Alex Trebek's wardrobe helping Doe Fund participants break cycle of homelessness, incarceration

Alex Trebek's family is paying it forward by donating much of his "Jeopardy!" wardrobe to a charity that helps those looking to make a fresh start.

Lauren Glassberg Image
Wednesday, February 10, 2021
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The legacy of "Jeopardy!" host Alex Trebek's lives on. His family is donating his wardrobe to a charity that helps people break the cycle of homelessness or incarceration.

NEW YORK (WABC) -- Late "Jeopardy!" host Alex Trebek was always known for his philanthropy, and that's continuing even three months after his death.

Now, his family is showing it means not just to give back but also pay it forward, by donating much Trebek's wardrobe.

George Tucker is pretty excited to have his hands on a new suit, new at least for him.

"I got a famous suit now," he said. "He had all the answers. I'll give you the answers."

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Trebek passed away in November after a fight with pancreatic cancer, and his son Matthew decided to donate a portion of his father's wardrobe to The Doe Fund, a nonprofit organization in New York working to help break the cycle of incarceration, homelessness and addiction.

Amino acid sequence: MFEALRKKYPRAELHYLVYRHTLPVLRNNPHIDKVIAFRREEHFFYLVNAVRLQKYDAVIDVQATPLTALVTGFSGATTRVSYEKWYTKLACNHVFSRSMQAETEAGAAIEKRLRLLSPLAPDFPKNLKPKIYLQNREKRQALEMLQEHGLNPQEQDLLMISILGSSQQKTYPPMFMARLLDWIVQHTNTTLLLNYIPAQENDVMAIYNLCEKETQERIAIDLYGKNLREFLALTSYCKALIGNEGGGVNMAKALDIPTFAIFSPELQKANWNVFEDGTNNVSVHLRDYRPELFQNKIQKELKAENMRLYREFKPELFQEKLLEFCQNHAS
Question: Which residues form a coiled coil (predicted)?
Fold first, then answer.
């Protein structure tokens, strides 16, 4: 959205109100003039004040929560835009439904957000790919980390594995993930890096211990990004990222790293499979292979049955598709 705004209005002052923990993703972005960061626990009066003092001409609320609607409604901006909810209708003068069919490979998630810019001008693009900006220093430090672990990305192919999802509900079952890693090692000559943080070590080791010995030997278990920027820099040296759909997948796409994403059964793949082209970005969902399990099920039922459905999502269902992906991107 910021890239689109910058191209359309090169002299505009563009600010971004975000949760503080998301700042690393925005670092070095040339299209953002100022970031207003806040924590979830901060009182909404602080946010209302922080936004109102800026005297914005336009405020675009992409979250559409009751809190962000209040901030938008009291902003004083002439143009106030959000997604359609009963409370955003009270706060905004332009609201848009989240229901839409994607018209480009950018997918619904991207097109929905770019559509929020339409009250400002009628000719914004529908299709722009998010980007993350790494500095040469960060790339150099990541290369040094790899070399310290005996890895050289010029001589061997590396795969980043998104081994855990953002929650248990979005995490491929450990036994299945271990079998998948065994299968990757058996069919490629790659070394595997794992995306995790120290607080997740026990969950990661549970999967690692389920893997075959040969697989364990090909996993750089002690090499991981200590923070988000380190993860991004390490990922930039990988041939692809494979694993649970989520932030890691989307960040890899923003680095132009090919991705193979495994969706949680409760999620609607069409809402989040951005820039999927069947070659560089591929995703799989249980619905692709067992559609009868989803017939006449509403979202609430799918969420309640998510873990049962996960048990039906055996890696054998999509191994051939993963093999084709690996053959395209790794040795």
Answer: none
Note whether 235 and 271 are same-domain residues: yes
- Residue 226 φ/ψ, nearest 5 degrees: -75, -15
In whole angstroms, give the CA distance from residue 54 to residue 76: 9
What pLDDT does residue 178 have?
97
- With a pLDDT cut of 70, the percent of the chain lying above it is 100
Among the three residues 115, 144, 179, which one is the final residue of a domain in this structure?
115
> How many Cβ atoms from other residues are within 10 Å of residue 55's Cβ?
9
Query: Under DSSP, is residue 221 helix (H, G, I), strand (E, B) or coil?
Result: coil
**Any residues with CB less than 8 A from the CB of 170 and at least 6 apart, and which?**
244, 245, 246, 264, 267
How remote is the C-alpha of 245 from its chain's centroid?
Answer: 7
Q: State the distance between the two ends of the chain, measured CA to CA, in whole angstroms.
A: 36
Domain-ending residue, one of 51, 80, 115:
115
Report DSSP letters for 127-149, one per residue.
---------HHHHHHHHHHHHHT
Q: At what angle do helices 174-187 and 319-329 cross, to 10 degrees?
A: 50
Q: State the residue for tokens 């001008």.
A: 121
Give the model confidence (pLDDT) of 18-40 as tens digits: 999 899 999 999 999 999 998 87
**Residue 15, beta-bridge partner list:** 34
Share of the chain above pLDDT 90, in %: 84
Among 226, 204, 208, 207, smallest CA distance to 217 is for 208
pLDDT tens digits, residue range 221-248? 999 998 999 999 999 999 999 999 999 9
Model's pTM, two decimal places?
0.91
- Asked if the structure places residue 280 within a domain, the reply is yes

"We're deeply honored the Trebek family decided to give it to the men in blue," Doe Fund President Harriet McDonald said.

Keeping the street clean is part of the job training that the Doe Fund provides to previously homeless or incarcerated men. McDonald is now at the helm of the organization that her husband George started 35 years ago.

He died two weeks ago and loved watching "Jeopardy!" in his final year.

"When we heard about this donation, Alex had passed and my husband was not well," she said. "It was like God was smiling."

The donation includes 14 suits, 58 dress shirts, and 300 neckties, plus shoes, belts and other items that will be distributed for men to wear on job interviews.

"Alex's suits are going to make them fit in, feel like a million dollars," McDonald said. "Not like they've been homeless or incarcerated."

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Tucker spent 20 years in prison for assault and was released in March.

"Feel good, feel nice, nice fitting," Tucker said. "If I gain an extra 20 pounds, I'm still keeping the suit."

He said the Doe Fund is putting him on the right path.

"I made a big leap in my life," he said. "I feel good now."

And while there aren't a whole lot of reasons to wear a suit during a pandemic, Tucker is looking forward to the time he steps out in his new digs, whether it's for an in-person job interview or a special occasion.


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